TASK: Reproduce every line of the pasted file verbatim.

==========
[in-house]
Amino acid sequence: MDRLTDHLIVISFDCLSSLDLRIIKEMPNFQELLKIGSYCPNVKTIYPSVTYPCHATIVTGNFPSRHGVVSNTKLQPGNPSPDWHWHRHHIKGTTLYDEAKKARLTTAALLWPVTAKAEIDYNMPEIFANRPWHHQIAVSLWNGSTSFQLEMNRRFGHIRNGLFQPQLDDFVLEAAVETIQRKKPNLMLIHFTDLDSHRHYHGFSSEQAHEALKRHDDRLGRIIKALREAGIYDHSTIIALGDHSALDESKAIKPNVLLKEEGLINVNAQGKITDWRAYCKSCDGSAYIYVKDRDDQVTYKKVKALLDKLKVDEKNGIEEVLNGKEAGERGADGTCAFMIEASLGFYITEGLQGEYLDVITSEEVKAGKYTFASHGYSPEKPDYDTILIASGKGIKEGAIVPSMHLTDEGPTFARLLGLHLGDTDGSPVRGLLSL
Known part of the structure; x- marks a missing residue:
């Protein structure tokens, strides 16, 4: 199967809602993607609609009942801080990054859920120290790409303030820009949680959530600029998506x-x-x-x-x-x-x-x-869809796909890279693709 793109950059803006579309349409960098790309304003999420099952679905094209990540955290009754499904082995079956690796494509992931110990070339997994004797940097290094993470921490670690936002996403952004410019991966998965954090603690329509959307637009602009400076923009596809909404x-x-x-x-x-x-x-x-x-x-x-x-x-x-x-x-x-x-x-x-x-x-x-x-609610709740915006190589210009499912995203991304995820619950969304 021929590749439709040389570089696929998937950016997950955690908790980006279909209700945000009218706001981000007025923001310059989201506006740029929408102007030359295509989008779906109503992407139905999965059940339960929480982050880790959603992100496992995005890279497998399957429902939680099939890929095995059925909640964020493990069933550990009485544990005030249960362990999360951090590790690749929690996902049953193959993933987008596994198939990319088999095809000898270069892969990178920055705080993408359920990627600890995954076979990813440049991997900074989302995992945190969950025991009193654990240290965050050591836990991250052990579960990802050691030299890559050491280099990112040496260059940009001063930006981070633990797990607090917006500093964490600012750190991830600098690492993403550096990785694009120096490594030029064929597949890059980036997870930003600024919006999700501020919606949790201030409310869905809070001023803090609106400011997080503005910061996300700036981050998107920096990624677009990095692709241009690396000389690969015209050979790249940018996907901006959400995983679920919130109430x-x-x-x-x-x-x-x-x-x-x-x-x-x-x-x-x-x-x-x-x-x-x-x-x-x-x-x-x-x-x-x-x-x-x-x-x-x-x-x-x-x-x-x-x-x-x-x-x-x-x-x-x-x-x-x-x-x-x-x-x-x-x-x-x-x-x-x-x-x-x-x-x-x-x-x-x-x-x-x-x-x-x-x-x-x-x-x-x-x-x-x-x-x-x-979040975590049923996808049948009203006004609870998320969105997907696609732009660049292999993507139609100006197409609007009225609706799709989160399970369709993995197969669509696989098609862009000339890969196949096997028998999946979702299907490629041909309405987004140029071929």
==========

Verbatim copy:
[in-house]
Amino acid sequence: MDRLTDHLIVISFDCLSSLDLRIIKEMPNFQELLKIGSYCPNVKTIYPSVTYPCHATIVTGNFPSRHGVVSNTKLQPGNPSPDWHWHRHHIKGTTLYDEAKKARLTTAALLWPVTAKAEIDYNMPEIFANRPWHHQIAVSLWNGSTSFQLEMNRRFGHIRNGLFQPQLDDFVLEAAVETIQRKKPNLMLIHFTDLDSHRHYHGFSSEQAHEALKRHDDRLGRIIKALREAGIYDHSTIIALGDHSALDESKAIKPNVLLKEEGLINVNAQGKITDWRAYCKSCDGSAYIYVKDRDDQVTYKKVKALLDKLKVDEKNGIEEVLNGKEAGERGADGTCAFMIEASLGFYITEGLQGEYLDVITSEEVKAGKYTFASHGYSPEKPDYDTILIASGKGIKEGAIVPSMHLTDEGPTFARLLGLHLGDTDGSPVRGLLSL
Known part of the structure; x- marks a missing residue:
């Protein structure tokens, strides 16, 4: 199967809602993607609609009942801080990054859920120290790409303030820009949680959530600029998506x-x-x-x-x-x-x-x-869809796909890279693709 793109950059803006579309349409960098790309304003999420099952679905094209990540955290009754499904082995079956690796494509992931110990070339997994004797940097290094993470921490670690936002996403952004410019991966998965954090603690329509959307637009602009400076923009596809909404x-x-x-x-x-x-x-x-x-x-x-x-x-x-x-x-x-x-x-x-x-x-x-x-609610709740915006190589210009499912995203991304995820619950969304 021929590749439709040389570089696929998937950016997950955690908790980006279909209700945000009218706001981000007025923001310059989201506006740029929408102007030359295509989008779906109503992407139905999965059940339960929480982050880790959603992100496992995005890279497998399957429902939680099939890929095995059925909640964020493990069933550990009485544990005030249960362990999360951090590790690749929690996902049953193959993933987008596994198939990319088999095809000898270069892969990178920055705080993408359920990627600890995954076979990813440049991997900074989302995992945190969950025991009193654990240290965050050591836990991250052990579960990802050691030299890559050491280099990112040496260059940009001063930006981070633990797990607090917006500093964490600012750190991830600098690492993403550096990785694009120096490594030029064929597949890059980036997870930003600024919006999700501020919606949790201030409310869905809070001023803090609106400011997080503005910061996300700036981050998107920096990624677009990095692709241009690396000389690969015209050979790249940018996907901006959400995983679920919130109430x-x-x-x-x-x-x-x-x-x-x-x-x-x-x-x-x-x-x-x-x-x-x-x-x-x-x-x-x-x-x-x-x-x-x-x-x-x-x-x-x-x-x-x-x-x-x-x-x-x-x-x-x-x-x-x-x-x-x-x-x-x-x-x-x-x-x-x-x-x-x-x-x-x-x-x-x-x-x-x-x-x-x-x-x-x-x-x-x-x-x-x-x-x-x-979040975590049923996808049948009203006004609870998320969105997907696609732009660049292999993507139609100006197409609007009225609706799709989160399970369709993995197969669509696989098609862009000339890969196949096997028998999946979702299907490629041909309405987004140029071929």